England set to test car-charging motorways
The common shortcoming of electric cars has always been that they can’t hit the same range that more commonplace fuel injected cars can. Currently, some of the best electric-only cars can hit a total range of around 260 miles (approximately 418 kilometres) whereas the old fuel-reliant variety can hit ranges of 300 miles (approximately 483 kilometres) or more.
While the current total range of electric cars is actually quite impressive given the comparative youth of the technology, it’s biggest issue pertains to the lack of readily available charging stations. Some countries do have charging stations in public car parks and other facilities, but it’s still a technology lacking in proper adoption.
One way Highways England, a government agency, is hoping to turn the tide is by testing a type of road/motorway that can charge an electric car as it drives over it. The technology will be tested in controlled conditions via private roads, ideally starting somewhere between 2016 and 2017.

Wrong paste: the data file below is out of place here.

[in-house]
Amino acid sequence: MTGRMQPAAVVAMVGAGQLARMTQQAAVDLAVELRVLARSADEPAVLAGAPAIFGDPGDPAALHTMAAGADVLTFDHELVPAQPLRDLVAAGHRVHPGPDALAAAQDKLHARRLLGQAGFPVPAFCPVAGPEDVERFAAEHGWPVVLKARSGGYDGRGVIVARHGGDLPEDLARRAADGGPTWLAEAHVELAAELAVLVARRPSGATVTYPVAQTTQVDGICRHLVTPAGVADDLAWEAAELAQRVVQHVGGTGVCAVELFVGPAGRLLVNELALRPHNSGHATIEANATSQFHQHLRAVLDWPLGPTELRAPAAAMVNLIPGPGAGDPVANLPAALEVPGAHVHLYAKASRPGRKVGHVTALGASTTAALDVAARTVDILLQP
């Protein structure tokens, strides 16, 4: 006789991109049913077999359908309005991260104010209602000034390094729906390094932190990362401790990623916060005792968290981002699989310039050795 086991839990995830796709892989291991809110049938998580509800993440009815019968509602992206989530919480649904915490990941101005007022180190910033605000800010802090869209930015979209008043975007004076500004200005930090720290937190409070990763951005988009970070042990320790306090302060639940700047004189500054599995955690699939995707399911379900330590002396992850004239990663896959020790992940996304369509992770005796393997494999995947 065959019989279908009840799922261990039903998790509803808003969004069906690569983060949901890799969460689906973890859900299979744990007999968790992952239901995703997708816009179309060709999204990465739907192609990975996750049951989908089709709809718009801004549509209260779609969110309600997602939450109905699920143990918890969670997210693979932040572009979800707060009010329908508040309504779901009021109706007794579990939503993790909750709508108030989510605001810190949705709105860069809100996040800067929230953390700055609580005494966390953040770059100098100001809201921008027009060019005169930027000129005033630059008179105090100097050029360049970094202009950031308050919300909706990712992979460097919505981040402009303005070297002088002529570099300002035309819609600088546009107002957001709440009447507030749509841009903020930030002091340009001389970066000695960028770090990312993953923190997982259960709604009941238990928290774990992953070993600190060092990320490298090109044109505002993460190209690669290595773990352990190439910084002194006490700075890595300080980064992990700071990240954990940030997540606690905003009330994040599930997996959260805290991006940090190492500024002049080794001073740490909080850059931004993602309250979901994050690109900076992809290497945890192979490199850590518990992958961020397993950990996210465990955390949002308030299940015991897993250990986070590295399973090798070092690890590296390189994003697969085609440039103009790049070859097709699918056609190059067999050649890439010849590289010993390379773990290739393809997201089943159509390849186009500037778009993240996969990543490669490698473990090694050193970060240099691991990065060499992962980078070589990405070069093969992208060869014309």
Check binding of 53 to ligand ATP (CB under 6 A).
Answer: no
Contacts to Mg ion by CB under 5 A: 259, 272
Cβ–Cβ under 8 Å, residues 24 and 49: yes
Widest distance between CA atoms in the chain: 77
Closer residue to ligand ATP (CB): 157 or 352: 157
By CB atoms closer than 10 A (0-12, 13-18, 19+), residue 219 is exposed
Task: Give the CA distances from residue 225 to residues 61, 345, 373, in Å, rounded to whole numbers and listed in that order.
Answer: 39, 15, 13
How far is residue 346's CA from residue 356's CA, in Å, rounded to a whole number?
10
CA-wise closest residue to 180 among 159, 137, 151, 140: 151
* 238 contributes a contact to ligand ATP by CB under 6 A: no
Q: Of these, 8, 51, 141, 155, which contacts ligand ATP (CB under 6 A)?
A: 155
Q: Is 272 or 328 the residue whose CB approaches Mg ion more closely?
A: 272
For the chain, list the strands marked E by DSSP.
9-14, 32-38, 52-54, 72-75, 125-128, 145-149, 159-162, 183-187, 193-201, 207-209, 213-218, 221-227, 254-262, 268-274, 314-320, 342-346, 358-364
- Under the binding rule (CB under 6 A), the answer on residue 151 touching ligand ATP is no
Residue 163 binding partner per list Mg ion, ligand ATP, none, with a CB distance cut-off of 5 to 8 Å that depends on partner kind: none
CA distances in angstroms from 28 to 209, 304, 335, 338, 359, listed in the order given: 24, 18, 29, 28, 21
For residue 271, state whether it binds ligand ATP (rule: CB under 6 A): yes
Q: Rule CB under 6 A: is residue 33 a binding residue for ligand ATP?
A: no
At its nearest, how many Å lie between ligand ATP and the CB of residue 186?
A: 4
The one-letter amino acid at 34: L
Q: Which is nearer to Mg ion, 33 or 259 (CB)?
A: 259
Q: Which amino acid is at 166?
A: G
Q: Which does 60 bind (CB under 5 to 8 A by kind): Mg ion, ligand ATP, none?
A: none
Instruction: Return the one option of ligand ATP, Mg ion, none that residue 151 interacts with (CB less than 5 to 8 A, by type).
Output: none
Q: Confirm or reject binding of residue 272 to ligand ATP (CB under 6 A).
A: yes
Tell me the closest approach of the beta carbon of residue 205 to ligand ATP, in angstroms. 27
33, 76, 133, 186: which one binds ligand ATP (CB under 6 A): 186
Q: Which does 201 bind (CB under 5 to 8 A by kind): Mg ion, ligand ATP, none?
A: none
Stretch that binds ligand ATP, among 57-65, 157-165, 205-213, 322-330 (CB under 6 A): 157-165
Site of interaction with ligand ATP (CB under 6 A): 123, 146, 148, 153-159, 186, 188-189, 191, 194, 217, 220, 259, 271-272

During the initial trials, vehicles will be fitted with wireless technology and special equipment will be installed beneath roads to replicate comparable motorway conditions. Electric cables buried under the surface will generate electromagnetic fields, which will be picked up by a coil inside the device and converted into electricity.
In total, the test will run for approximately 18 months before Highways England determines whether or not the technology is feasible to be installed into public motorways and major A roads.
While the project is ambitious, it isn’t without its detractors. Director of Cardiff Business School’s Electric Vehicle Centre of Excellence, Dr Paul Nieuwenhuis, believes the project’s ambitions could lead to excessive costs. “Cost will be the biggest issue and I’m not totally convinced it’s worth it,” Dr Nieuwenhuis said.
Further elaborating: “Battery technology is increasing – if you look at what Tesla has achieved in recent years, it keeps adding more [travel] range to battery technology roughly every six months. So, it’s not clear there’s even a need for this.”
It’s a fair point. If the technology behind electric cars means they’re consistently increasing their overall range at a steady rate, they could deem such projects as Highways England’s somewhat redundant. That said, no matter how far electric cars ultimately end up being able to travel after one charge, they always need to be recharged.
So whether in the form of a motorway that can charge an in-motion vehicle or a more plentiful supply of car chargers in public spaces, the growing popularity and use of electric cars means that infrastructure needs to change to cater to them.